ElenorRigby Mon 17-Dec-12 10:39:29

I hear you helpstepmum.

It's a terrible thing to watch a child being destroyed by their own mother.

I think the most important thing is to keep telling her it is NOT her fault, that many parents are far from perfect and that's not her fault again!!

It's really hard for an adult to let go of the ideal of having loving supporting parents/family. It follows it must be far more difficult for a child. sad
But when it's not true for the sake of sanity you need to nudge towards reality as gently as possible.

Give examples of mothers/parents who dont make the ideal. Maybe buy a book about toxic parents or show her a thread like the stately homes thread.

I have tried to do these things with my DSD ie tell her it's not her fault, that parents can be very far from perfect and that its not her fault again.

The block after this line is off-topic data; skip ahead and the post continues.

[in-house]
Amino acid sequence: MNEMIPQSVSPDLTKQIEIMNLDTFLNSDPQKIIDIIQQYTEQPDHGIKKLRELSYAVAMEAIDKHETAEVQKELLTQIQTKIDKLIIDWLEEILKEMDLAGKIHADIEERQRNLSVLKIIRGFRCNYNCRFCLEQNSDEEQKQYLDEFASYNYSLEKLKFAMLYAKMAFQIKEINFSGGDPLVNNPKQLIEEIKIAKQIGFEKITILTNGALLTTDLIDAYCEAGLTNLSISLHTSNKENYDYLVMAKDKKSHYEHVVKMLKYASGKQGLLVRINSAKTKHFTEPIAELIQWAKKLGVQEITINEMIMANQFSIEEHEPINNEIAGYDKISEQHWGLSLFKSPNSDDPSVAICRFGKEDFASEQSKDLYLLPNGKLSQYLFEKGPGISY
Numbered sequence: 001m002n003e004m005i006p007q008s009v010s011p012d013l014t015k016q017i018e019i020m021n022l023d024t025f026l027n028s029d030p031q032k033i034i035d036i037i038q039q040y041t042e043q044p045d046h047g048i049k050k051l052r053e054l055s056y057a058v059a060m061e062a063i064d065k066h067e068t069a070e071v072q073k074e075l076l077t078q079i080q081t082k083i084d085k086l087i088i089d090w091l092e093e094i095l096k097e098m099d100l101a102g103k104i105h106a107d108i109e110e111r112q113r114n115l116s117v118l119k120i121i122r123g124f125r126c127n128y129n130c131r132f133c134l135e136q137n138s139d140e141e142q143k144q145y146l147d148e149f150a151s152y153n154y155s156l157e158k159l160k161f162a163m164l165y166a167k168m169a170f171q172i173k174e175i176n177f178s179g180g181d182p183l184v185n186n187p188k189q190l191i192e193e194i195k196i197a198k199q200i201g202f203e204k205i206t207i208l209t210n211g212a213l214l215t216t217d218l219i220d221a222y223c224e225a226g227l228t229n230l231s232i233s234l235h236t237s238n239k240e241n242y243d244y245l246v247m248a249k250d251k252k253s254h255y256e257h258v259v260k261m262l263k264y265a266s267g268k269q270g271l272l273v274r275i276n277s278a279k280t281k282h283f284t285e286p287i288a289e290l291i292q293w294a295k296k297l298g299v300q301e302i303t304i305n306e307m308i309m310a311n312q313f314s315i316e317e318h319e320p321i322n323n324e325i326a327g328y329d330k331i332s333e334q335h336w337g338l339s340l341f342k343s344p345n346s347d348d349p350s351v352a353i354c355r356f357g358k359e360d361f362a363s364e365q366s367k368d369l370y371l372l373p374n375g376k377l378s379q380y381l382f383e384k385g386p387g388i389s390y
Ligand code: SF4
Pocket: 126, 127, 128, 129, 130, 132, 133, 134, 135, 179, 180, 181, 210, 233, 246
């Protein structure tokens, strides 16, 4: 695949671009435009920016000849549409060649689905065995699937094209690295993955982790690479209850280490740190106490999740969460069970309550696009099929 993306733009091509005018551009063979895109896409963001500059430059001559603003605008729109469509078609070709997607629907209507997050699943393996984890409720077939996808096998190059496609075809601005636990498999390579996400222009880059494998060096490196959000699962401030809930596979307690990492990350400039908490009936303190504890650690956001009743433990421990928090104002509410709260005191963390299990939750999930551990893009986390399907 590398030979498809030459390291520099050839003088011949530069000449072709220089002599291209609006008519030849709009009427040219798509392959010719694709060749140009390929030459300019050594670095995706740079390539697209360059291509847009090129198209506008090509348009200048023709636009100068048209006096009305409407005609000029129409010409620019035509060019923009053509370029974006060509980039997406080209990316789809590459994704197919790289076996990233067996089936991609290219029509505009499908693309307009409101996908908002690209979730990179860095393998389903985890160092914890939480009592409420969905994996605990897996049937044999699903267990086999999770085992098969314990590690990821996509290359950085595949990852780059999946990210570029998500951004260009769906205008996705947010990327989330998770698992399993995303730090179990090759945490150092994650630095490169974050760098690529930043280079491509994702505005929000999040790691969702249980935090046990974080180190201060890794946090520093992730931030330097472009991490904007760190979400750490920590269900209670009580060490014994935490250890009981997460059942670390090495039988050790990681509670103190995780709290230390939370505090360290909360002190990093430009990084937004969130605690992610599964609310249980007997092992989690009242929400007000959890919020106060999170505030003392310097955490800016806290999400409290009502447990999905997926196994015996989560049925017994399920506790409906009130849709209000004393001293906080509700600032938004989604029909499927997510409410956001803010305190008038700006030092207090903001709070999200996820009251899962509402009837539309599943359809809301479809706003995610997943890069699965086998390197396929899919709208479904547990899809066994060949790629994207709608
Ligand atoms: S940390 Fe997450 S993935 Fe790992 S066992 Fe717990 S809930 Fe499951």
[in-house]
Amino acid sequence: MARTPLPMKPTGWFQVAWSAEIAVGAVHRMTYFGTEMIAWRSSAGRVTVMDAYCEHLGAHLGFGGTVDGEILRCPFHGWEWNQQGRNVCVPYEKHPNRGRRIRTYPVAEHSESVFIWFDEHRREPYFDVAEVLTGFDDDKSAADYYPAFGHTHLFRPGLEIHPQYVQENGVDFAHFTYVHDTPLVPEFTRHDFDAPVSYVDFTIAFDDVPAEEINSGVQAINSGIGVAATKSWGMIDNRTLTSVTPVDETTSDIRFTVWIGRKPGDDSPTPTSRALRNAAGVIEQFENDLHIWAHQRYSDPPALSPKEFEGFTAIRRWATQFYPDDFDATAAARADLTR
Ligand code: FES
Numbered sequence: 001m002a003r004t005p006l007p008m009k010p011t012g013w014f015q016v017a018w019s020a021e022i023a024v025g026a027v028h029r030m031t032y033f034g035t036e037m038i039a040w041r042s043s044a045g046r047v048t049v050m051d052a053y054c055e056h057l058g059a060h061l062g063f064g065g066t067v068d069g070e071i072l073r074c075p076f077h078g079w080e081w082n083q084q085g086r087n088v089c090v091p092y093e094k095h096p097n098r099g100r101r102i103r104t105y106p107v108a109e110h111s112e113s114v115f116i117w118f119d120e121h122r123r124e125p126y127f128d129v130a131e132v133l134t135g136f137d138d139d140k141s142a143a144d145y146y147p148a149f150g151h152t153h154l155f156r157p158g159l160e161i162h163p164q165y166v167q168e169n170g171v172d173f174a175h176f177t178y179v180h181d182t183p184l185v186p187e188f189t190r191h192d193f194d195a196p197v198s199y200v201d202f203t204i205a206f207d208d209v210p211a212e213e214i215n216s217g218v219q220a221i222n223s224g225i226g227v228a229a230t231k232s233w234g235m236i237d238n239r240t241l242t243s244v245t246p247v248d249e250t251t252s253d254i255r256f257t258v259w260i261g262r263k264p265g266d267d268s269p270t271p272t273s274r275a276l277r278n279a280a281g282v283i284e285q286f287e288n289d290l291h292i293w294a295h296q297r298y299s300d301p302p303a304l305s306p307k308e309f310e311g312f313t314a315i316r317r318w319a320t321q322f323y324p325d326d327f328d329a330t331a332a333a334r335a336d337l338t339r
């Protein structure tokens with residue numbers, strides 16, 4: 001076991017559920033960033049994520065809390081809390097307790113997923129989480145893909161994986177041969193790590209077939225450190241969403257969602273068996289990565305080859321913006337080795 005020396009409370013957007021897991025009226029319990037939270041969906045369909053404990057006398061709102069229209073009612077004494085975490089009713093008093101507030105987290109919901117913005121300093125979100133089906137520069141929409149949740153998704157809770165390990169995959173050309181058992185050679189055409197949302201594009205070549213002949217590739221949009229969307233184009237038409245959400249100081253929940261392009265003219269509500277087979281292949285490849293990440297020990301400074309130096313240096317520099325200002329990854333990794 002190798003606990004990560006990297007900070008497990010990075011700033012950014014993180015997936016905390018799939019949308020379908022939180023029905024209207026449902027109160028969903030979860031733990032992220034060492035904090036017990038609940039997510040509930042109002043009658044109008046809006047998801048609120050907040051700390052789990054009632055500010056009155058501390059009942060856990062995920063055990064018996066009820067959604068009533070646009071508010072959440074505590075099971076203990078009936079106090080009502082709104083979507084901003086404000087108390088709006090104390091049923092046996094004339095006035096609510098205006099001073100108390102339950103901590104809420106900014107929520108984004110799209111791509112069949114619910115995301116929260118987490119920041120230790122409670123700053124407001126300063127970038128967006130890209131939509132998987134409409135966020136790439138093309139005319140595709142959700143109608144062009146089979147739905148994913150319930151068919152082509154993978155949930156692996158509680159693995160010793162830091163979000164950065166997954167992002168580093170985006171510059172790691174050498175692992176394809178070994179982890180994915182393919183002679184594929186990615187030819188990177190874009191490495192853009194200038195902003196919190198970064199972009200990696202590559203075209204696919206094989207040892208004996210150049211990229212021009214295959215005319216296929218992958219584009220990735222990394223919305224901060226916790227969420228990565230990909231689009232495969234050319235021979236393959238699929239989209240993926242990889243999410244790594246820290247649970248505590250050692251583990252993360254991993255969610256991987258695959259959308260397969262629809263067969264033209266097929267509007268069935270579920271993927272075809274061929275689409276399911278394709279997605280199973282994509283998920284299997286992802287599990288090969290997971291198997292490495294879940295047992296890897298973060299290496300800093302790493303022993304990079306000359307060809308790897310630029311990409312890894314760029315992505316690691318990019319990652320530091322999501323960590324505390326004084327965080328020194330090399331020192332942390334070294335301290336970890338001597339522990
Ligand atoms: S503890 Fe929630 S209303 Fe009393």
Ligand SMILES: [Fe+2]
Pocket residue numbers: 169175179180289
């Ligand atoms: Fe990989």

Hope that makes sense x

ElenorRigby Mon 17-Dec-12 10:44:28

Oh another thing you can do not directly related.

A lot of vitamin deficiency's cause anxiety, depression etc Helping her eat well and supplementing particularly with high dose B vitamins and vitamin D3 will support her physically at this very difficult time.

HKnight Mon 17-Dec-12 16:26:32

Oh god, your DSD's mother could have been my mother. She was an abusive alcoholic who would make her feelings about me wanting to spend time with my father known.

I guarantee DSD is depressed already, if you are a teenager and your mum calls you a f.bitch you spend hours crying to yourself wondering why your mum hates you.

I saw a very wonderful psychiatrist who taught me how to not blame myself or constantly seek my mothers love. I also had medication which helped a lot.

Watch out for self-harm, tell her its ok to feel angry and upset about her mums behaviour and she doesn't have to spend time with her if she doesn't want to.

I wish her the best of luck x

NatashaBee Mon 17-Dec-12 16:36:04

Message withdrawn at poster's request.

Xalla Mon 17-Dec-12 16:41:56